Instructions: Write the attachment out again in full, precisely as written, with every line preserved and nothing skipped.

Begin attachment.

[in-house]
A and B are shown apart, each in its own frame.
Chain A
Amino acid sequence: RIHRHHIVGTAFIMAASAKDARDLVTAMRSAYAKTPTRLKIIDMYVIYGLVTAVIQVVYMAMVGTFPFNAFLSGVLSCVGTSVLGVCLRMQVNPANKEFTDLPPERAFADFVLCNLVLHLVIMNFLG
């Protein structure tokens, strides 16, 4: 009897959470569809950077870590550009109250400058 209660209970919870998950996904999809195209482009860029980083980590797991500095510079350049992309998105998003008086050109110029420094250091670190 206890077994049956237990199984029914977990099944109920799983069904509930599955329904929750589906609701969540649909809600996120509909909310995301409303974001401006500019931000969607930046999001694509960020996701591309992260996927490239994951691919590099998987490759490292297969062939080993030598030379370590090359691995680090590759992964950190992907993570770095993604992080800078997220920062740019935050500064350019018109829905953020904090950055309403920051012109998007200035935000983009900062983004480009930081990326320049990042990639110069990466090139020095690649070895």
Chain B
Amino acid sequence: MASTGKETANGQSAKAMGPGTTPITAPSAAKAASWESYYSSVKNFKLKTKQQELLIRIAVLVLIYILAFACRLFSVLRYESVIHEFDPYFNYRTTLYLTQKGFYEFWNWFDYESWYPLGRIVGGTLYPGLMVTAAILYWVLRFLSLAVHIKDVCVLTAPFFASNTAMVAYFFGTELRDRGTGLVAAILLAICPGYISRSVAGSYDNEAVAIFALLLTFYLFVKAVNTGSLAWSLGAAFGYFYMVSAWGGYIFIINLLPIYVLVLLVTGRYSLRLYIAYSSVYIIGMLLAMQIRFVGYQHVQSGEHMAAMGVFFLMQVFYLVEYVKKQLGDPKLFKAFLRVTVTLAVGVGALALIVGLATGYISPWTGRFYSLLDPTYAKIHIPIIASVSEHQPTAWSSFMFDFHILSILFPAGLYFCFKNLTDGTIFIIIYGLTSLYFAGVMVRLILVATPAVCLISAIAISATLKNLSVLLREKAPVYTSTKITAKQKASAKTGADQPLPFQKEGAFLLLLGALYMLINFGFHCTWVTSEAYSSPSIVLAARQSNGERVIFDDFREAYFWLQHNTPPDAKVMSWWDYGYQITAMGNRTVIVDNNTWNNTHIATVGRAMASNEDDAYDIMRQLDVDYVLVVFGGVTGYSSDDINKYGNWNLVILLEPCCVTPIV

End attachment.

[in-house]
A and B are shown apart, each in its own frame.
Chain A
Amino acid sequence: RIHRHHIVGTAFIMAASAKDARDLVTAMRSAYAKTPTRLKIIDMYVIYGLVTAVIQVVYMAMVGTFPFNAFLSGVLSCVGTSVLGVCLRMQVNPANKEFTDLPPERAFADFVLCNLVLHLVIMNFLG
């Protein structure tokens, strides 16, 4: 009897959470569809950077870590550009109250400058 209660209970919870998950996904999809195209482009860029980083980590797991500095510079350049992309998105998003008086050109110029420094250091670190 206890077994049956237990199984029914977990099944109920799983069904509930599955329904929750589906609701969540649909809600996120509909909310995301409303974001401006500019931000969607930046999001694509960020996701591309992260996927490239994951691919590099998987490759490292297969062939080993030598030379370590090359691995680090590759992964950190992907993570770095993604992080800078997220920062740019935050500064350019018109829905953020904090950055309403920051012109998007200035935000983009900062983004480009930081990326320049990042990639110069990466090139020095690649070895």
Chain B
Amino acid sequence: MASTGKETANGQSAKAMGPGTTPITAPSAAKAASWESYYSSVKNFKLKTKQQELLIRIAVLVLIYILAFACRLFSVLRYESVIHEFDPYFNYRTTLYLTQKGFYEFWNWFDYESWYPLGRIVGGTLYPGLMVTAAILYWVLRFLSLAVHIKDVCVLTAPFFASNTAMVAYFFGTELRDRGTGLVAAILLAICPGYISRSVAGSYDNEAVAIFALLLTFYLFVKAVNTGSLAWSLGAAFGYFYMVSAWGGYIFIINLLPIYVLVLLVTGRYSLRLYIAYSSVYIIGMLLAMQIRFVGYQHVQSGEHMAAMGVFFLMQVFYLVEYVKKQLGDPKLFKAFLRVTVTLAVGVGALALIVGLATGYISPWTGRFYSLLDPTYAKIHIPIIASVSEHQPTAWSSFMFDFHILSILFPAGLYFCFKNLTDGTIFIIIYGLTSLYFAGVMVRLILVATPAVCLISAIAISATLKNLSVLLREKAPVYTSTKITAKQKASAKTGADQPLPFQKEGAFLLLLGALYMLINFGFHCTWVTSEAYSSPSIVLAARQSNGERVIFDDFREAYFWLQHNTPPDAKVMSWWDYGYQITAMGNRTVIVDNNTWNNTHIATVGRAMASNEDDAYDIMRQLDVDYVLVVFGGVTGYSSDDINKYGNWNLVILLEPCCVTPIV